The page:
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Best of BT Weekend: March 20, 2015

Winston Sih | posted Friday, Mar 20th, 2015

BT Super Kids: Charlotte Carter-Osburn

Almost 7-year-old, Charlotte Carter-Osburn chats about turning her birthday presents into food for those in need.

Jenn live in Ireland on Grafton Street

Philip Sayce performs

Guitarist Philip Sayce performs a new song off of his new album ‘Influence.’

Social Stream: Entertainment City at the GRAMMYs

Winston Sih | posted Thursday, Feb 5th, 2015

Breakfast TelevisionEntertainment CityCityline, and CityNews are live from the GRAMMY Awards with coverage from the red carpet in Los Angeles all week long.

City will be the exclusive Canadian broadcaster of music’s biggest night, and BT will have wall-to-wall coverage of the show with correspondents reporting on location.

For behind-the-scenes updates and more, check out our Twitter, Facebook, Instagram, and Vine postings using the hashtags #CityGRAMMYs and #GRAMMYs, as well as in the social stream below.

Go to Citytv.com/GRAMMYs for the latest news, interviews, and interactive content. Plus, we have a full recap of the night’s highs and lows.

Ontario reportedly considering lowering default speed limits to below 50 km/h

Winston Sih | posted Thursday, Jan 29th, 2015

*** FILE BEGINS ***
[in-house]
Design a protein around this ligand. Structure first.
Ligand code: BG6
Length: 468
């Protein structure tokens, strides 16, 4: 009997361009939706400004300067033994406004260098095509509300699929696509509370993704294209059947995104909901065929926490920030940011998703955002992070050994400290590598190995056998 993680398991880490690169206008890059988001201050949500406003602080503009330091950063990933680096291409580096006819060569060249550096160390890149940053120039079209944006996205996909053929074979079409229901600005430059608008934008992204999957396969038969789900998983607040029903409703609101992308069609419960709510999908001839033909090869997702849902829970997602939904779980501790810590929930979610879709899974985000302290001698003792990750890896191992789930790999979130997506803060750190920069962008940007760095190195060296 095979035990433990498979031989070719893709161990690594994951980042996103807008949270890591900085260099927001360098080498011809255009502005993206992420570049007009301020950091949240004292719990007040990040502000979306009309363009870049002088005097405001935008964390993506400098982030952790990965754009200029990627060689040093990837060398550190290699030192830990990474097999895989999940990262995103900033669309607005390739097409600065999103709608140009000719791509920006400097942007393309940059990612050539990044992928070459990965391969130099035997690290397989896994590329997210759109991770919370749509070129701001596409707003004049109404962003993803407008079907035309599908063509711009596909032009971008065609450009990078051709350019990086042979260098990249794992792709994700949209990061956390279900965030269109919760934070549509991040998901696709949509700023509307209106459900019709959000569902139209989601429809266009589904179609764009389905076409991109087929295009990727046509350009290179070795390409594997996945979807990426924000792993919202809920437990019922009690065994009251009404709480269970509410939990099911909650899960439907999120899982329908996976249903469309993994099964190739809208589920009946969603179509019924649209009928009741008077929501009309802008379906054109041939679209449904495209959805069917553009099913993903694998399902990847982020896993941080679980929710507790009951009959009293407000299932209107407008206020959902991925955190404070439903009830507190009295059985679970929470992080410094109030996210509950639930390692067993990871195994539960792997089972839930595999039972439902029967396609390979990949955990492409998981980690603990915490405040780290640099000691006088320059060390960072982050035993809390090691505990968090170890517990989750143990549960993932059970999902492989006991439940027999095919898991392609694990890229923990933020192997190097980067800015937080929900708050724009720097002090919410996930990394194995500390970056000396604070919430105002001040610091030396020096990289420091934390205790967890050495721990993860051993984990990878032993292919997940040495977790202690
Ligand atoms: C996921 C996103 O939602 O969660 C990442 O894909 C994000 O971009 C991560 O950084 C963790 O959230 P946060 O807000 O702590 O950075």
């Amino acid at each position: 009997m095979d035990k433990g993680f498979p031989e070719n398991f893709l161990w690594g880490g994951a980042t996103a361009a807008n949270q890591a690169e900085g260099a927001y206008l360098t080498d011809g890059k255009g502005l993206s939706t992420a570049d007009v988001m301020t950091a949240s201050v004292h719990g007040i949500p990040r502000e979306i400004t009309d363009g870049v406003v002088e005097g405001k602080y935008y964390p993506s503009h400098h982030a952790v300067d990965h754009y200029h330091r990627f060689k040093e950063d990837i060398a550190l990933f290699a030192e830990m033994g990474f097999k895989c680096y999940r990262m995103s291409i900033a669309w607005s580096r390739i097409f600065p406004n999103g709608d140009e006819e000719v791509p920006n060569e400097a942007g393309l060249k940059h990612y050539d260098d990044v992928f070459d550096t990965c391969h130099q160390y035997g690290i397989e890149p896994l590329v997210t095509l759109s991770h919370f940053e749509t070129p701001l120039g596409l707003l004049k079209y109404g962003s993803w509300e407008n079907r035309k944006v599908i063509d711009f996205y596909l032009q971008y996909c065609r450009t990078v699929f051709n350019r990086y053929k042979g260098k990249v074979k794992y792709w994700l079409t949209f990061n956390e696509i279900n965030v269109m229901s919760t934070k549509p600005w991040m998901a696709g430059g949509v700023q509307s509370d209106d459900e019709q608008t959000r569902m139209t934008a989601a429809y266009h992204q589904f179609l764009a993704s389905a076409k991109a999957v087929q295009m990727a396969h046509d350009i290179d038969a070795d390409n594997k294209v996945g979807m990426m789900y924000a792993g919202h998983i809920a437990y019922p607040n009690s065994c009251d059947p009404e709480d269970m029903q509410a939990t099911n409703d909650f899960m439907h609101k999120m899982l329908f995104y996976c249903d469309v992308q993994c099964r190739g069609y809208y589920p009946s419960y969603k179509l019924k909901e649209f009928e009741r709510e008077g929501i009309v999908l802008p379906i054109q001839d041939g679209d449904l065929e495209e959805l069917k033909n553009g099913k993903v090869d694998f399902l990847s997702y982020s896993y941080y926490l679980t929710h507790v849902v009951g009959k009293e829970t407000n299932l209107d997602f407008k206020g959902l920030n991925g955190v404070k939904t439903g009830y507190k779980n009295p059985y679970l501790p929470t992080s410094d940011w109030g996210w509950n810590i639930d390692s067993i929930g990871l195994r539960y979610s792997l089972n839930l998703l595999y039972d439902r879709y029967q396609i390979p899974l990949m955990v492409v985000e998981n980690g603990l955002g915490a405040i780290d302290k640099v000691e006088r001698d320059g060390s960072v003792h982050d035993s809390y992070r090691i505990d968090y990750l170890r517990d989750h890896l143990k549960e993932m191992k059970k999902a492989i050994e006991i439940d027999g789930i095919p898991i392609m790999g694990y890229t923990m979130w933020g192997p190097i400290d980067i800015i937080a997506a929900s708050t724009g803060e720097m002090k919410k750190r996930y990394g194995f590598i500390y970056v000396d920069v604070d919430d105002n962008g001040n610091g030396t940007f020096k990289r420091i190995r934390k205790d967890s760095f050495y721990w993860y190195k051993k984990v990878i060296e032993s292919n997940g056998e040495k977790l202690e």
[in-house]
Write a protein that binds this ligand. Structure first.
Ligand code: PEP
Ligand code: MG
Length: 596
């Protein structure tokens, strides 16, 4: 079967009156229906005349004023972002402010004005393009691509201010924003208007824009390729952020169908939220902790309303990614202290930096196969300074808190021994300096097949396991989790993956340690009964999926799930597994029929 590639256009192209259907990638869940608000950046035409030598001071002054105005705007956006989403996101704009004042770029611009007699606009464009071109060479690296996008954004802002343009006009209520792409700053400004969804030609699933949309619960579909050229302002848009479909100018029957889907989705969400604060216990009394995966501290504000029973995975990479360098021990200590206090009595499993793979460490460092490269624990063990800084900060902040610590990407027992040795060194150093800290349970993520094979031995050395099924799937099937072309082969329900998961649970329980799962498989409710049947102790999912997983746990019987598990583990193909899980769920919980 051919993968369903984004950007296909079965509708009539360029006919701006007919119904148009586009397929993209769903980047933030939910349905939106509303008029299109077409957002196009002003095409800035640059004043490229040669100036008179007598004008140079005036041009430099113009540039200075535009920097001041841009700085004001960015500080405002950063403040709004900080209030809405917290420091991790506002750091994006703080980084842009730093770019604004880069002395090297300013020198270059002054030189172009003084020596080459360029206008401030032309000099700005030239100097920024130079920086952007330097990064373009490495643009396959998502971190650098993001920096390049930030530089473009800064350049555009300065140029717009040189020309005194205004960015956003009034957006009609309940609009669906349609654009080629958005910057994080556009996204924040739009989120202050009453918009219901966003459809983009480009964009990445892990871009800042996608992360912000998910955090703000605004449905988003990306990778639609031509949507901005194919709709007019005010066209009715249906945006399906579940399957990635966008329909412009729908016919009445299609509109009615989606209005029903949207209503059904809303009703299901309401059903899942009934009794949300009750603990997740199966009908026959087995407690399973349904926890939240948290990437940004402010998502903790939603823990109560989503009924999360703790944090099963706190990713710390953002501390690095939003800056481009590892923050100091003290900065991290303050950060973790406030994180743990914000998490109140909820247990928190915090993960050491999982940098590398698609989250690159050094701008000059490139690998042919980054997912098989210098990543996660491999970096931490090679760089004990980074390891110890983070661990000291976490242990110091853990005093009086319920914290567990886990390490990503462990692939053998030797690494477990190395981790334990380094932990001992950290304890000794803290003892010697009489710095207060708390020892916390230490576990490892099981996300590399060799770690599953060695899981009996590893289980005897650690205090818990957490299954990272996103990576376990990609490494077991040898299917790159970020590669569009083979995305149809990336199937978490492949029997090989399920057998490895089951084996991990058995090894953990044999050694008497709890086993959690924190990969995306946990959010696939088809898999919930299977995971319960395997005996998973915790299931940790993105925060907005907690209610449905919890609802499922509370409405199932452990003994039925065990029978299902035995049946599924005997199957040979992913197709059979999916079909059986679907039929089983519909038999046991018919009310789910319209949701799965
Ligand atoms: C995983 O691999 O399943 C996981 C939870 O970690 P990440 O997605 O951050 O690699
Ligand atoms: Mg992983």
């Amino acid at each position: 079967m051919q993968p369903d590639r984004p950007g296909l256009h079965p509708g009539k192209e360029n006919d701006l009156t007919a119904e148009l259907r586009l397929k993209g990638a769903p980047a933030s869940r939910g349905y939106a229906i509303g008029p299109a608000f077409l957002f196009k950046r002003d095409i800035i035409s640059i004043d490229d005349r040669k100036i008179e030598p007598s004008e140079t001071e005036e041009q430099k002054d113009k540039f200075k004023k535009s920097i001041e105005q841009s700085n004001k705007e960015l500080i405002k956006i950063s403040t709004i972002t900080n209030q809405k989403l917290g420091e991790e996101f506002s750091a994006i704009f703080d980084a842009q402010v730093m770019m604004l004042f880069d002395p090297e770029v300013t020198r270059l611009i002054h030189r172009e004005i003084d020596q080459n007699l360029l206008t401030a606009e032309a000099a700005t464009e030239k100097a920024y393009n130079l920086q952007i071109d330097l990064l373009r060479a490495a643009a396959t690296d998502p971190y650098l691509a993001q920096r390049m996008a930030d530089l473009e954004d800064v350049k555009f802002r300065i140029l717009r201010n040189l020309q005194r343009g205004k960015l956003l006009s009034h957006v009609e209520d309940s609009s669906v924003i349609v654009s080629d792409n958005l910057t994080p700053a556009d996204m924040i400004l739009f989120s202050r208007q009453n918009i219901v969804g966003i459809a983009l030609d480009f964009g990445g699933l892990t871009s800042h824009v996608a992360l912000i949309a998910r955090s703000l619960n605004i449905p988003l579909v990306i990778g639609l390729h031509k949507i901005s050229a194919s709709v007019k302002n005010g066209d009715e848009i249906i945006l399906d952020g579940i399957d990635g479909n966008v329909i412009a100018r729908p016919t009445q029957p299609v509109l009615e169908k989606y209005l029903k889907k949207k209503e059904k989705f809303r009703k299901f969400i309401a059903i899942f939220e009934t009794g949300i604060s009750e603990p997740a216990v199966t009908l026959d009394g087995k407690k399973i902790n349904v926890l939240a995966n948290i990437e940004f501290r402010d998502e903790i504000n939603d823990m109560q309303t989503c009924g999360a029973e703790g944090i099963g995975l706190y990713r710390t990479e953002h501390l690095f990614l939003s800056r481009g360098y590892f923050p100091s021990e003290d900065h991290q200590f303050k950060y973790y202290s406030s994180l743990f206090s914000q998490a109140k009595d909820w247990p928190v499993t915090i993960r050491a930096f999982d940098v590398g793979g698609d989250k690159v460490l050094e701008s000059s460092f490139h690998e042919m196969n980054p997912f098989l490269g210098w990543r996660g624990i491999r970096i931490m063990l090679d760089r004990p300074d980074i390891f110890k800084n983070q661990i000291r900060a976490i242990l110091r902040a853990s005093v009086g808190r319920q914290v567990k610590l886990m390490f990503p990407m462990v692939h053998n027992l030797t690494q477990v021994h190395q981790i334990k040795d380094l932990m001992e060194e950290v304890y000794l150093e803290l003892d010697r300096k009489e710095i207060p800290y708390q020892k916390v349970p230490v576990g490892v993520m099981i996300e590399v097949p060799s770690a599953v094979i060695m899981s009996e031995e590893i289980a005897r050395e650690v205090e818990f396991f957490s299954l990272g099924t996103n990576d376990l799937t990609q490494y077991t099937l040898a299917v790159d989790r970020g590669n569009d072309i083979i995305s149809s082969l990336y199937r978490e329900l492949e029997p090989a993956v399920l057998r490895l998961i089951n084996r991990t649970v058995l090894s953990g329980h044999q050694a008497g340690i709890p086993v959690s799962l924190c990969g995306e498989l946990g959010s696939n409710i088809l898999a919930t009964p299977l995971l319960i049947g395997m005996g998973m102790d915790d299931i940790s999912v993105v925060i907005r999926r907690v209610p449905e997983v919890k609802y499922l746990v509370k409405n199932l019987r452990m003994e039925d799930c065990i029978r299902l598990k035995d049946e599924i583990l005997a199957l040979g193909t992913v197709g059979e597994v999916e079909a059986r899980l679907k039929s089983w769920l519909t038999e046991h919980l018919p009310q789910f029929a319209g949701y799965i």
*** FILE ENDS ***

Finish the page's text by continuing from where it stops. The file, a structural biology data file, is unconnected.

In a bid to improve road safety and cut down on deaths on Ontario streets, the province is reportedly considering reducing speed limits.

The change could reduce the default speed limit from 50 km/h to 40 km/h.

The Toronto Star reports Transportation Minister Steven Del Duca will consult with municipalities to determine an action plan.

Sources tell the paper the province is changing their tune on the issue in response to concerns from municipalities.

In 2012, then-mayor Rob Ford dismissed a similar recommendation from the Board of Health as “nuts, nuts, nuts.”

The Liberal government have four options:

  • keep the default limit at 50 km/h
  • change the provincial law to make the default speed limit 40 km/h
  • let municipalities choose between a 50 km/h or 40 km/h standard
  • let municipalities set different default limits within their boundaries, or within specific neighbourhoods

The World Health Organization has found that a pedestrian hit at 45 km/h has 50 per cent chance of being killed. When a person is struck by a vehicle travelling 30 km/h, the chance of surviving is 90 per cent.

The organization also found that a car travelling 50 km/h needs 13 metres to stop, but can stop in 8.5 metres or less if it is going 40 km/h. And an increase in speed by one km/h results in three per cent higher risk of crash involving injury, and a four to five per cent increase for crashes that kill.”

With files from CityNews.ca

Connected City: Dinesafe app for Toronto

Winston Sih | posted Wednesday, Jan 28th, 2015

Connected City

City digital media correspondent Winston Sih takes a closer look at an app that allows you to view the health inspection levels of all Toronto restaurants.

Catch Connected City with Winston Sih on his weekly segment airing on CityNews: The 5.  View all previous segments by clicking here.

Easy things you can do to help the homeless

Winston Sih | posted Tuesday, Jan 27th, 2015

Below is a list of the charitable organizations you can partake in and around Toronto to aid the homeless. We want to start a conversation–comment below with your organization picks, and we’ll add them to the list.

Thank You Toronto

Sells hats for a good cause.

Click here for more info.

Raising the Roof